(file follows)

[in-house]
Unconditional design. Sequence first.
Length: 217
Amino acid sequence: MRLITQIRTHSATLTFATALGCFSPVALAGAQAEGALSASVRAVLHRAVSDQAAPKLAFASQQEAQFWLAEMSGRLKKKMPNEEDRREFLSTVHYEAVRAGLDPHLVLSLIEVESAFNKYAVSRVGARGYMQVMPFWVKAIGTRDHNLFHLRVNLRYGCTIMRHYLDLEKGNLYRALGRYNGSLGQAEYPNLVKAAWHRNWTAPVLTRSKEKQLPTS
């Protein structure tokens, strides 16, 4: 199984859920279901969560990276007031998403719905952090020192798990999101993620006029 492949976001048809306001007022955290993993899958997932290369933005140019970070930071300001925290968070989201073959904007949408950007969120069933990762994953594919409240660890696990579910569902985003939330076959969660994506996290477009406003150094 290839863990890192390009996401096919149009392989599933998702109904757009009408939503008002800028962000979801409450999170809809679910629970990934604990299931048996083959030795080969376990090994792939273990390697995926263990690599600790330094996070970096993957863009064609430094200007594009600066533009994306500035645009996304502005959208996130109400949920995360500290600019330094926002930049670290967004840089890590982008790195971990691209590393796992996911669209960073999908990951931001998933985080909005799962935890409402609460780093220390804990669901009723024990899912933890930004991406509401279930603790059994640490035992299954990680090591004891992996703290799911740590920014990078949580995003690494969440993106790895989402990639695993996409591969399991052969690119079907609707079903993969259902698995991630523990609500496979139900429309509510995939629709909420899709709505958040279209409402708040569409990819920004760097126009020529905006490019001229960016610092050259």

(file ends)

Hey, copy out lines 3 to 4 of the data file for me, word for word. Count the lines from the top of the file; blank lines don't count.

Length: 217
Amino acid sequence: MRLITQIRTHSATLTFATALGCFSPVALAGAQAEGALSASVRAVLHRAVSDQAAPKLAFASQQEAQFWLAEMSGRLKKKMPNEEDRREFLSTVHYEAVRAGLDPHLVLSLIEVESAFNKYAVSRVGARGYMQVMPFWVKAIGTRDHNLFHLRVNLRYGCTIMRHYLDLEKGNLYRALGRYNGSLGQAEYPNLVKAAWHRNWTAPVLTRSKEKQLPTS